A long time ago, I agreed with conservative critics of gay marriage, in their claim that if we legalize gay marriage, we’d have to legalize polygamy too. But I saw no problem with that: if consenting adults choose plural marriage, it neither picks my pocket, or breaks my leg, and thus is none of the state’s business.
Jonathan Rowe, however, who believes homosexuals should be legally permitted to marry, argues that
the grounds for prohibiting polygamy seem entirely different than the ones for prohibiting same-sex marriage. But the two are related in this sense: We outlaw polygamy for precisely the same policy reason why we would demand the recognition of gay marriage: the meaningful chance for any individual to marry a person they love. The gay man, like the single-unlucky male in a polygamous society cannot marry any person he loves.
This does not make sense to me. The right to marry is a right based on contract—which means, based on the right of more than one person to exercise and trade their liberty as they see fit. The reason for recognition of gay marriage is that if two men wish to be married, that violates nobody else’s rights, and therefore I don’t have the right to stop them. (Well, that’s the rough version.) If that theory is correct, then the exact same thing goes for consensual adult polygamy: a person certainly should be free to marry any person he loves, who is also a willing participant.
Note that the only argument that Rowe (or Jason Kuznicki) seems to be able to come up with against polygamy is to say that it isn’t really consensual. Well, that might be true, but that begs the question. The relevant proposition is: consenting adults should be free to arrange their marriages as they see fit, so long as it violates nobody else’s rights. Pointing to child exploitation in no way contradicts that proposition—indeed, it is perfectly consistent with it. Now, if in practice it turns out that there is no such thing as consensual polygamy, then polygamy would be banned, no problem. But if there is consensual polygamy, the state should not interfere with it.
Update: Jason Kuznicki responds to my post about polygamy here with some interesting thoughts.
KipEsquire’s post, on the other hand, is just childish. First, he says I don’t understand marriage—an entirely uncalled-for insult. But Kip likes to make himself feel big by sticking his thumbs in other folks’ eyes. Then he says that just because I think a thing ought to be legal, that I must think it’s “neat-o.” This, of course, is to confuse defending the legality, and the desirability, of a thing—an error one would not expect from a libertarian. Then he makes a long argument that because he has difficulty imaging contractual solutions to the complexities of plural marriage, that therefore such solutions must not exist, and therefore marriage must be restricted to two people: “The legal implications of the [modern] status of marriage require, metaphysically, that it be between two and only two people”—a statement that makes about as much sense as saying that the legal implications of banking requires, metaphysically, that finance contracts must be between two and only two people. Contract finds a way.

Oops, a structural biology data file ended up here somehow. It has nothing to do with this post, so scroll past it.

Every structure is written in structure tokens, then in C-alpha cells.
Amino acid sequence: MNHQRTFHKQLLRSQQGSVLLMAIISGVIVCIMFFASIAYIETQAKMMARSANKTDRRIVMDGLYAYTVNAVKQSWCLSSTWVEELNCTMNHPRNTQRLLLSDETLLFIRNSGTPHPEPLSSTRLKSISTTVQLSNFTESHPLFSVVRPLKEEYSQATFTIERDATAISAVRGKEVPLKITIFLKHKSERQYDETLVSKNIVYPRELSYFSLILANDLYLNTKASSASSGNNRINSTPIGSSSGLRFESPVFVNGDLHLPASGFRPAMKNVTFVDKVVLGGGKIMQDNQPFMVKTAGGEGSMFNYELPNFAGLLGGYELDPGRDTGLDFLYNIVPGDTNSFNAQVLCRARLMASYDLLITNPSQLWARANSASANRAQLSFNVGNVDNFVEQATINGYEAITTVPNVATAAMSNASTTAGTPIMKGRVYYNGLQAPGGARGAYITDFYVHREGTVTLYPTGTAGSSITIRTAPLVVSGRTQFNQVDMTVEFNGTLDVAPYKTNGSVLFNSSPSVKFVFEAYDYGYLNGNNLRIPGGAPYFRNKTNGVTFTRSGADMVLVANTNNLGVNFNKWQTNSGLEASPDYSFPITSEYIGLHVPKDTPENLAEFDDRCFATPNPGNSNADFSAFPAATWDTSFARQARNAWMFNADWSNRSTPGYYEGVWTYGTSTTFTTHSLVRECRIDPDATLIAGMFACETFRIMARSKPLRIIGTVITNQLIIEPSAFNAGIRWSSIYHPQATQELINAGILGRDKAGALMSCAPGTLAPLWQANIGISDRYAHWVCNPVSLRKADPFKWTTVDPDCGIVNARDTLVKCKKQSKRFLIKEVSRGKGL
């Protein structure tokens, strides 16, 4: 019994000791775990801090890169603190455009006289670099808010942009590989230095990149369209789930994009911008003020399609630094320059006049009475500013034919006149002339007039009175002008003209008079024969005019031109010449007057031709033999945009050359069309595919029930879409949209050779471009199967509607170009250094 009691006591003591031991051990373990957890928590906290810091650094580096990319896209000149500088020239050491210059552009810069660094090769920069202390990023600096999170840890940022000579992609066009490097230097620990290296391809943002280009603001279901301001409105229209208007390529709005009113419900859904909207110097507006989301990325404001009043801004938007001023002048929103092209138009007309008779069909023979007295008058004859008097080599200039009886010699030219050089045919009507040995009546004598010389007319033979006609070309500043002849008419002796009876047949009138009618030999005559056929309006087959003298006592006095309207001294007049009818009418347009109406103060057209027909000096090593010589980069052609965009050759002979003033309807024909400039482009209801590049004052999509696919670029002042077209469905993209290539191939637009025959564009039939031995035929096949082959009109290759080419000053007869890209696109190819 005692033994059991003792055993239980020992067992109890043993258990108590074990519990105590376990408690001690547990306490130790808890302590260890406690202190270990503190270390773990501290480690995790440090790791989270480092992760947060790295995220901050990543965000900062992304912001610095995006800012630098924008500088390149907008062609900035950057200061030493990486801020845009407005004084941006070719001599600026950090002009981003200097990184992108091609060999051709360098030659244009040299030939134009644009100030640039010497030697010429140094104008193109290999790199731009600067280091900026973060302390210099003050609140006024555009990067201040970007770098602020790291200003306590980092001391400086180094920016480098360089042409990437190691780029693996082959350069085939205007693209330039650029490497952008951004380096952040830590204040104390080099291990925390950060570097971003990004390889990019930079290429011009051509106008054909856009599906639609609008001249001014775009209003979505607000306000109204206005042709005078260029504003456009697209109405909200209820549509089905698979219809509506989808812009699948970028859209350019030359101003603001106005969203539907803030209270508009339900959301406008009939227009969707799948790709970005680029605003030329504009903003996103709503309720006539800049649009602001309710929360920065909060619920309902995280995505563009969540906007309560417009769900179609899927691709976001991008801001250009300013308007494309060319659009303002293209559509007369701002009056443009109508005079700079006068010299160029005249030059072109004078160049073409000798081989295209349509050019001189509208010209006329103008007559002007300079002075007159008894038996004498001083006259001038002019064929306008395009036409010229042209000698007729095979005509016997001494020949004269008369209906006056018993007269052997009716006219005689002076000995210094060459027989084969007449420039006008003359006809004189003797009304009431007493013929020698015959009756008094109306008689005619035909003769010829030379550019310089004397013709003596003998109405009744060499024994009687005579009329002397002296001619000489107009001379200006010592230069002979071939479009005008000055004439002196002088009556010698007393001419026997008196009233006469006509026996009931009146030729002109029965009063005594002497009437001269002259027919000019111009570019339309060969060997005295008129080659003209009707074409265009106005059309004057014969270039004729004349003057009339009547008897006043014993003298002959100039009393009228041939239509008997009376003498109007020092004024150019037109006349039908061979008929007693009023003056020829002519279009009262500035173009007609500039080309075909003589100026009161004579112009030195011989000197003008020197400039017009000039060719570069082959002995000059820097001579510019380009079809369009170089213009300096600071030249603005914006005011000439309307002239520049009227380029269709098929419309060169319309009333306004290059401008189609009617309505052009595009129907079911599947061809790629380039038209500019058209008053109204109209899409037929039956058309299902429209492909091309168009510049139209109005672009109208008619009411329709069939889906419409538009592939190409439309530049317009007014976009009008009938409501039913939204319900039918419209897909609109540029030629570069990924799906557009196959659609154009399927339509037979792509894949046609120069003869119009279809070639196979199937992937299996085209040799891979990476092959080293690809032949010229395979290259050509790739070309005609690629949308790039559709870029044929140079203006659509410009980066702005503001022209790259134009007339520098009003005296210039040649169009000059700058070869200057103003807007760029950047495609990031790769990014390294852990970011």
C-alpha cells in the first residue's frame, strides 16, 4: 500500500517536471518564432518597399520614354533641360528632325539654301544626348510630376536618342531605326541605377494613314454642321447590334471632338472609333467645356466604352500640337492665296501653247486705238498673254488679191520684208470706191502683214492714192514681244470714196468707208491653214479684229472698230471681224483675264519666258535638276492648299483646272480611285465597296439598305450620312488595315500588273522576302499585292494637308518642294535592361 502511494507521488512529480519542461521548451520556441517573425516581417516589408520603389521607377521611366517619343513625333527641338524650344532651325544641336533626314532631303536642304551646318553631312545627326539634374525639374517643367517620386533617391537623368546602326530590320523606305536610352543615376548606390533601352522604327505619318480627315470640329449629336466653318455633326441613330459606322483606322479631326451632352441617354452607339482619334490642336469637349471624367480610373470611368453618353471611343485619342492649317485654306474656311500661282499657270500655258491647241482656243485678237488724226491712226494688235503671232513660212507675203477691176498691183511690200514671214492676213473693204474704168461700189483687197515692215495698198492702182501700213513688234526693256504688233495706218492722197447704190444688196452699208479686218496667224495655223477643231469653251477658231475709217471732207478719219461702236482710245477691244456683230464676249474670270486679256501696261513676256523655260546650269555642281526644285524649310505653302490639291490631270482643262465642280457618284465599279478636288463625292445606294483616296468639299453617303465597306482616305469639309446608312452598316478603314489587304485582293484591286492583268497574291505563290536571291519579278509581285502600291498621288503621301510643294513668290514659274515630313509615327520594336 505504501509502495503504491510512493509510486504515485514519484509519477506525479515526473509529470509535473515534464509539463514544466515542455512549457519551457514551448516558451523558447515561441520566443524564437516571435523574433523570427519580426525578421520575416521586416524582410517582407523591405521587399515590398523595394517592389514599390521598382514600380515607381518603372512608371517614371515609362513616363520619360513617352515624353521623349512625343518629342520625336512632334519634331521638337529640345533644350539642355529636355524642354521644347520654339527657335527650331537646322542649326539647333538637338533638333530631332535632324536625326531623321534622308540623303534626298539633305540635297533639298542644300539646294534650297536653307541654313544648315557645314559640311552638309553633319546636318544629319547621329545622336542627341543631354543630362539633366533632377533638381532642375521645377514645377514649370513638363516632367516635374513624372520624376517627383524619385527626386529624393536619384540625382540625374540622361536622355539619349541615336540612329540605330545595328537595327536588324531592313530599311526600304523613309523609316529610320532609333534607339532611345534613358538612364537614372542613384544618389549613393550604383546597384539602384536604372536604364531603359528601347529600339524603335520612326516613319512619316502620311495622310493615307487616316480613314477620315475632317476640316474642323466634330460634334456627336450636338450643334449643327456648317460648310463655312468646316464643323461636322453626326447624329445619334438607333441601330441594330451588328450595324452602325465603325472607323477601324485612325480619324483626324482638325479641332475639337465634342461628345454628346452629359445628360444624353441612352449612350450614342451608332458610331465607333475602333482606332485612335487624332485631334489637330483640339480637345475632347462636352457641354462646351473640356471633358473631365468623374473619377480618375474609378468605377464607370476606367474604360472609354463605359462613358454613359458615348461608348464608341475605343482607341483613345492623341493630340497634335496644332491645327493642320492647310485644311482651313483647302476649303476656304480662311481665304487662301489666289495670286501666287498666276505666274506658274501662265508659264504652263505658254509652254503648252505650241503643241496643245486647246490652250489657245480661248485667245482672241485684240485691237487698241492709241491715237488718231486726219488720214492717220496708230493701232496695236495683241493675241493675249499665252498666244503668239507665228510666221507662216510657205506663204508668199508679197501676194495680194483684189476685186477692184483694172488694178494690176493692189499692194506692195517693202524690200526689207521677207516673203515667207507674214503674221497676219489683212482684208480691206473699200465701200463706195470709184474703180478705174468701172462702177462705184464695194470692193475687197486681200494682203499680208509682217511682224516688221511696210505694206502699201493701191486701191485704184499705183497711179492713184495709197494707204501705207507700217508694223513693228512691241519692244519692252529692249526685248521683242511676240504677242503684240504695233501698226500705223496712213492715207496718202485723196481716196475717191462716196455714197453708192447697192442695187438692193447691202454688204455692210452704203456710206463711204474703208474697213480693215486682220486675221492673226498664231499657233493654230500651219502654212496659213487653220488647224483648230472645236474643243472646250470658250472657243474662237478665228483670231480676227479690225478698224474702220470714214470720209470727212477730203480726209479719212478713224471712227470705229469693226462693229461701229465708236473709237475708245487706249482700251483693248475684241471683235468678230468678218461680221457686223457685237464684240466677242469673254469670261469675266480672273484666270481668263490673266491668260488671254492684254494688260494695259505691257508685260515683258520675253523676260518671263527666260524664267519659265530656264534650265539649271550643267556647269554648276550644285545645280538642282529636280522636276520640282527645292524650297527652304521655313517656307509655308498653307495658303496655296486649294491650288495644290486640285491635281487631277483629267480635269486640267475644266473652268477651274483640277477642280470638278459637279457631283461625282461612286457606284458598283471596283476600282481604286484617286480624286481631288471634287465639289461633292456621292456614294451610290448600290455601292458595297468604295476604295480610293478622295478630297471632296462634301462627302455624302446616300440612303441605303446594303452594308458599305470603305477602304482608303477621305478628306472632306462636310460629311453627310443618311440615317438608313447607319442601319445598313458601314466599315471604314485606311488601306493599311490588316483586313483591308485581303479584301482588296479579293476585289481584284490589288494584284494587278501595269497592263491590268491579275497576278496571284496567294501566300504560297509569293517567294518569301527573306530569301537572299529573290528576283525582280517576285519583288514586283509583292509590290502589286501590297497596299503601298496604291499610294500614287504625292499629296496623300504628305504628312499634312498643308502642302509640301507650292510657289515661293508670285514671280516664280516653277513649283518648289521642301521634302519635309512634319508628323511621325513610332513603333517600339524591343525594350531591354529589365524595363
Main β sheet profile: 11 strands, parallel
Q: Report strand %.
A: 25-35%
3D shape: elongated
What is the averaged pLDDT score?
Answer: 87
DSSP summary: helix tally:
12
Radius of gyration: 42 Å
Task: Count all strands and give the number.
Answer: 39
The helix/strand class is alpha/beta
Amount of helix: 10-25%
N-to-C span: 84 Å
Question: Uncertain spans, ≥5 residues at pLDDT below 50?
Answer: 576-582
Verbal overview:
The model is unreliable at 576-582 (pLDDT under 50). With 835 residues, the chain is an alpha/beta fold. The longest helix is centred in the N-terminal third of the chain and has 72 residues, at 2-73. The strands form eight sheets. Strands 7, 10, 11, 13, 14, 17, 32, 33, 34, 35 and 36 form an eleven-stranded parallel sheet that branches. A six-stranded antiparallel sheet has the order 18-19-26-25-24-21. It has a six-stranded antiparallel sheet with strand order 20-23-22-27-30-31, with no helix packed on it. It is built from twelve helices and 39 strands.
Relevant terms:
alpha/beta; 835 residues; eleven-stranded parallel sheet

And of course, Kip then turns around in a sentence and admits this and utterly destroys his own argument when he says:
If consensual polygamists want to try to build a bird’s nest from the individual twigs and strings of contractual arrangements, then by all means they have a right to do so (assuming no externalities, especially to the children of such arrangements).
Well, if people can build that nest from individual twigs, then they have the right to find a more efficient way of arranging those twigs. After all, you could say that a husband and wife should have to arrange the individual strings of contractual arrangements about children, estates, tax benefits and whatnot. But instead we just call that group of arrangements “marriage.” Why? Because “marriage, qua legal status, is extremely efficient economically. It saves time. It saves resources (e.g., lawyers drafting documents). It saves money.” Exactly. And if “consensual polygamists” wish to build their bird’s nest in the same “extremely efficient” way, then, assuming no externalities, they “by all means…have a right to do so”—which is exactly what I was saying all along.